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Transcript of Renaissance Art
Leonardo Da Vinci ( 1452-1519) “The Last Supper” painted by Leonardo Da Vinci, is a painting that tells the story of Jesus the night before Judas turns him in. Jesus is in the center of the table surrounded by his apostles. This painting is perhaps one of the more well known paintings of the Renaissance and for good reason. Da Vinci has gone above and beyond with this painting, giving each apostle his own personality. Every single person in this painting has some kind of emotion on their face, whether disbelief, anger, or calm, no one appears expressionless. This attention to detail translates over the setting these characters are in. Da Vinci has an extremely intricate ceiling and even has a world outside of the windows. Another interesting part of this painting is how Da Vinci painted the room three dimensional. Instead of simply placing the characters before a flat wall, Da Vinci has the room move into the background until it stops at the three windows in the back. Pietro Perugino (1450-1523) Gonfalone with Pieta is a depiction of Mary, Joseph, and Mary Magdalene burying Jesus. The three figures surrounding Jesus form a triangle with the Virgin Mary at the top and Jesus at the bottom. This triangle formed brings the viewer's attention to the Virgin with Jesus first, as it is the focal point of the painting. When one pans out, it becomes apparent that the emotion on Mary Magdalene and Joseph's face is very real and true. Neither of them appear to be doll like and even Jesus' face has the emotion of grief. The realness of this situation is heightened by how Jesus' body s painted to look sickly, his muscles in his arms and stomach appeared to have shrunk leaving him a lifeless corpse. The Mona Lisa is perhaps the most iconic painting in the world. Painted by Leonardo Da Vinci, it is the portrait of a woman who no one really knows. In this painting Da Vinci shows off his skill with his shading around her eyes, his use of sfumato makes her eyes stand out to the viewer. Another area where Da Vinci is showing off, is the background behind her. He has painted a separate world in the landscape, and while it is not the focal point, it is still fascinating to look at. A reason why people are so fascinated with this painting is that Mona Lisa looks like a person. Da Vinci's use of shading makes her appear three dimensional and she has extremely realistic looking features. Giovanni Arnolfini is interesting because it almost looks like a photograph. Jan van Eyck has made use of chiaroscuro so well that it feels as though one is witnessing this scene first hand. The mirror between Giovanni and his wife and the window are perfect of examples of how chiaroscuro was used to make this painting appear three dimensional. It takes the painting away from a simple portrait into a beautiful peace art. Not only does the background appear real, but also the main subjects appear real. Giovanni Arnolfini and his wife both have accurately painted bodies and faces making them appear human. This self portrait by Albrecht Durer is striking in how life like Durer has painted himself. His face and particularly his hand, are painted so detailed that one might assume it is a photograph. It is the small details, such as his hair and the fur on his coat that make Durer's painting, feel more life like. Durer's use of chiaroscuro, by keeping the light on one side of his face, adds to the trueness of this painting because the subject does not appear flat, but rather three dimensional. The Renaissance was a time of great thought and action. It was the revival of classic imagery as well as the birth of realistic paintings. In this period, less art was painted for religious purposes and more was available to the public. Humans were shown in their true form as opposed to seeming doll like. Great iconic works of art resulted from this “rebirth” such as the Mona Lisa, the Creation of Adam, and the Last Supper, works that were not only great during their time, but are also revered as masterpieces today. This exhibit takes a look at the beloved classics everyone knows, as well as some lesser known works of art in hopes of opening the eyes of the viewer to true Renaissance art. The Renaissance: The Rebirth of the Classics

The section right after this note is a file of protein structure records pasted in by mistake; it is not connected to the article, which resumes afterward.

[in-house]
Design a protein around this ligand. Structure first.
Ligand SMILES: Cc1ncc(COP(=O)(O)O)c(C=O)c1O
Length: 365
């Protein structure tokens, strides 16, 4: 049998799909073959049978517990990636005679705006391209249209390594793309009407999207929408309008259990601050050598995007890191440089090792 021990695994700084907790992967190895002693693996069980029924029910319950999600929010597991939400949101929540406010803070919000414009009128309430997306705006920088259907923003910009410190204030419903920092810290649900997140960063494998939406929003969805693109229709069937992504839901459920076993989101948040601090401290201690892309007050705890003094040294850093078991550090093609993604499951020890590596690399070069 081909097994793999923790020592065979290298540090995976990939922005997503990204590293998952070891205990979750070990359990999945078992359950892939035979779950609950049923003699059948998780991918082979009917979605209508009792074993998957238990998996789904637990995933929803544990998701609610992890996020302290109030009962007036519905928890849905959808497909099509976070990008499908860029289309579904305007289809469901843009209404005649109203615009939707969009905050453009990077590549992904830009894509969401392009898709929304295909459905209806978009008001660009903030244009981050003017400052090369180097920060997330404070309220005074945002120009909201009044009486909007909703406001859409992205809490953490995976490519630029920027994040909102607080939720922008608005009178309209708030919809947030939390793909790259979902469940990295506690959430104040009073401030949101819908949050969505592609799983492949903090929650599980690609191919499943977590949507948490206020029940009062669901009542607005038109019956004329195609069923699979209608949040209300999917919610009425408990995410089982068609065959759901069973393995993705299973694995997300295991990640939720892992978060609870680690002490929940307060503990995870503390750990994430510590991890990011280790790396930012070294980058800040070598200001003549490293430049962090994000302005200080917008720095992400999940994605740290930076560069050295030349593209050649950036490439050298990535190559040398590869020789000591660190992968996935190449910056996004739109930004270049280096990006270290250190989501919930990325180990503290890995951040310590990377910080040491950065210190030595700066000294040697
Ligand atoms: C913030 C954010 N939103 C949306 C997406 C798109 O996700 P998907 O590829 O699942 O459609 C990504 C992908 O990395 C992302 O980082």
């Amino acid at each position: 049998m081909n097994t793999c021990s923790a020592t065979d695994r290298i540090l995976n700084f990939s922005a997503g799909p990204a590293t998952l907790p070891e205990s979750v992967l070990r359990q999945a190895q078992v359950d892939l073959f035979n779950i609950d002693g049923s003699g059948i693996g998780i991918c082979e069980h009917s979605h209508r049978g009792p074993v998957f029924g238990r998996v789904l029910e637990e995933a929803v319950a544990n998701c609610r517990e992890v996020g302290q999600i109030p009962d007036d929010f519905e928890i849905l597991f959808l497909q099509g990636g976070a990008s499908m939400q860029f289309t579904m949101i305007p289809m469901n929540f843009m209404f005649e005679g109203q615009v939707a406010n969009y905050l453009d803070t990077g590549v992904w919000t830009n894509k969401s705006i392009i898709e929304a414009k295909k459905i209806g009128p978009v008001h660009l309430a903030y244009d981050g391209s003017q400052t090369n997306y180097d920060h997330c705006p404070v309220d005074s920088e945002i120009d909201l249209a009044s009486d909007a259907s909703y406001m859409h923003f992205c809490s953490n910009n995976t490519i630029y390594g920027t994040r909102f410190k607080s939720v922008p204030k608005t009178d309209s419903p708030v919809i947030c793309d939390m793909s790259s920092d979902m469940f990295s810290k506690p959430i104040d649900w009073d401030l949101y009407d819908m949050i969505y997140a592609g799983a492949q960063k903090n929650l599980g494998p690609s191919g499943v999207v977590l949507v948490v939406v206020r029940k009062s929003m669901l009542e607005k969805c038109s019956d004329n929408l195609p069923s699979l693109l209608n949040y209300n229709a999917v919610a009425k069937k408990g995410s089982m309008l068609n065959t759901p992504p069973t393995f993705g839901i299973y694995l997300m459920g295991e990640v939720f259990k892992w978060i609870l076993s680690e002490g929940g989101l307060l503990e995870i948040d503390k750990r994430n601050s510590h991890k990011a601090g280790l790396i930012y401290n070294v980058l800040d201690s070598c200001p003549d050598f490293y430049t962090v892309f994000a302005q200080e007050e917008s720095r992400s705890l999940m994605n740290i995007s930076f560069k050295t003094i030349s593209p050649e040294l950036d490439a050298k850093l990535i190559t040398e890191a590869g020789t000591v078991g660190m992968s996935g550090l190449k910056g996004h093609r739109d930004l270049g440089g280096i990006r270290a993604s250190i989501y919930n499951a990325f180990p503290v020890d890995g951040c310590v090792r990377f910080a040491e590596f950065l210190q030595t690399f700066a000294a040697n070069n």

9-23-11 "I pledge" Renaissance art, though thousands of years old, has continued to affect art today. After viewing this exhibit, I can only hope one leaves with a solid understanding of Renaissance art and what it means.